Tuesday, June 15, 2010
Cartooning class #2 "It says in the Torah to find thyself a teacher. This I have done." --Avram Belinski in the Frisco Kid
2. Get your mind blown as often as possible.
I have a little bit of experience with the Suzuki teaching method. Among many of the brilliant ideas it espouses, one of them is that every musician that one actively listens to, studies and appreciates becomes one's teacher.
Looking back I find that I did this HEAVILY as a teenager. My teachers were Sam Keith and Todd McFarlane mixed in with a generous amount of Bill Watterson. After I got into college, my scope widened. I accepted the angularity of Mike Mignola's work and was able to see him for the genius he was (and is). I got into George Herriman's Krazy Kat big time. Winsor McCay too. After I graduated college, I picked up a couple of Benito Jacovitti's books. Add to that guys like William Heath Robinson, Robert Wilson, Sergio Toppi, Jeff Smith, Honore Daumier, Lionel Feininger and Heinrich Kley and you get a fair picture of my post college aesthetic.
Each artist that you appreciate and study is like an ingredient in the soup of your style and how you visually express your ideas.
I learned different ways of composing a comic strip from the people who did it best.
I learned how to draw hands from a number of sources. Every time I saw a cool hand, I'd mark it in my memory and return to it as necessary.
I'd never really copy another drawing. What I would do is mimic a style. It became another way I could express an idea that I had in a way that was more exiting than what I could do by myself. As I did this, my various influences mixed together more and more, and I had a manner of doing things that was all my own, yet totally dependent on the artists I chose to be my influences.
As time has passed, I've collected more and more teachers. Scott C., James Jean, Skottie Young, Earnest Shepard, A.B. Frost, Graham Annable and I'd better stop there because I'm going to leave a lot of people out. I've never stopped. I'm always looking for something out there to blow my mind. Thanks to the internet, dang near every one who has something that's worth looking at has put it out there for everyone to experience. For YOU to experience.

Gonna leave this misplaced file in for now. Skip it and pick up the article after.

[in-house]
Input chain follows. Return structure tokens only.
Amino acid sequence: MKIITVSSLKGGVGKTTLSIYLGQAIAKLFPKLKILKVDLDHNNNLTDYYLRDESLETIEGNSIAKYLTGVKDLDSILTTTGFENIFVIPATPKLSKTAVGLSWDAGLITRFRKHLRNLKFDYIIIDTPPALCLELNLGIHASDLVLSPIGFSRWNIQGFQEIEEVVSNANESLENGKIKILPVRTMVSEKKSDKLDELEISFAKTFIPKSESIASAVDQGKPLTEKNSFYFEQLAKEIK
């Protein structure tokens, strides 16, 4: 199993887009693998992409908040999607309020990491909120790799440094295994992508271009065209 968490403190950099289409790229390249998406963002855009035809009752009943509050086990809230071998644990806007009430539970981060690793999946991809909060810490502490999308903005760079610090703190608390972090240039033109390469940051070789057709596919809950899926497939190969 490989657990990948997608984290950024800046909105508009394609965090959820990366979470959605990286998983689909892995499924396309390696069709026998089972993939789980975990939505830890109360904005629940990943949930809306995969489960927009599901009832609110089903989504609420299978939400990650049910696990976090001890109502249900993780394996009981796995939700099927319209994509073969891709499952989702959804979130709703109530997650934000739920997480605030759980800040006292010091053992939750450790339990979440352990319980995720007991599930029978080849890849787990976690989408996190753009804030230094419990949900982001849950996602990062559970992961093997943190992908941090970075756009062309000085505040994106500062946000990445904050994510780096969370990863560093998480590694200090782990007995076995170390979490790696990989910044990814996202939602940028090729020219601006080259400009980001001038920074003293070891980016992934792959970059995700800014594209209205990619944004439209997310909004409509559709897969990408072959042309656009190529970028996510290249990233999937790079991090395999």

The most important thing is to think outside of the bookstore. Sometimes you can find good stuff there, but it's not too often. Recently comics have been largely disappointing. I'm pretty picky, though. Never followed comic book stories too much. I've always been into them for the art. What I'm on the lookout for is quirkiness. I'm looking for stuff that surprises me. I'm looking for someone who has found a different way of seeing and expressing things rather than just recycling the same ideas. I take that experience that they share and add it to mine and TRY to take what I'm doing to that next level-- just a little bit farther than anyone else has ever seen before. Notice the emphasis on the "try".
I've gotta leave a quick note for the Manga fan boys and girls out there. I'm not going to knock it, but artistically I think you need to keep moving. There are thousands of people drawing that way. Probably millions. Do you want to be one AMONG millions or one IN a million?
You are unique. Let your artistic expression reflect your uniqueness. You didn't figure out math by yourself. Someone taught it to you. Likewise learn to solve the problems you encounter artistically with help from wherever you can finagle it. Broaden your horizons and your experience by engaging in the pursuit of the host of teachers that are available to you.
I really can't stress enough how important this is. It's like the fuel inside your creative engine.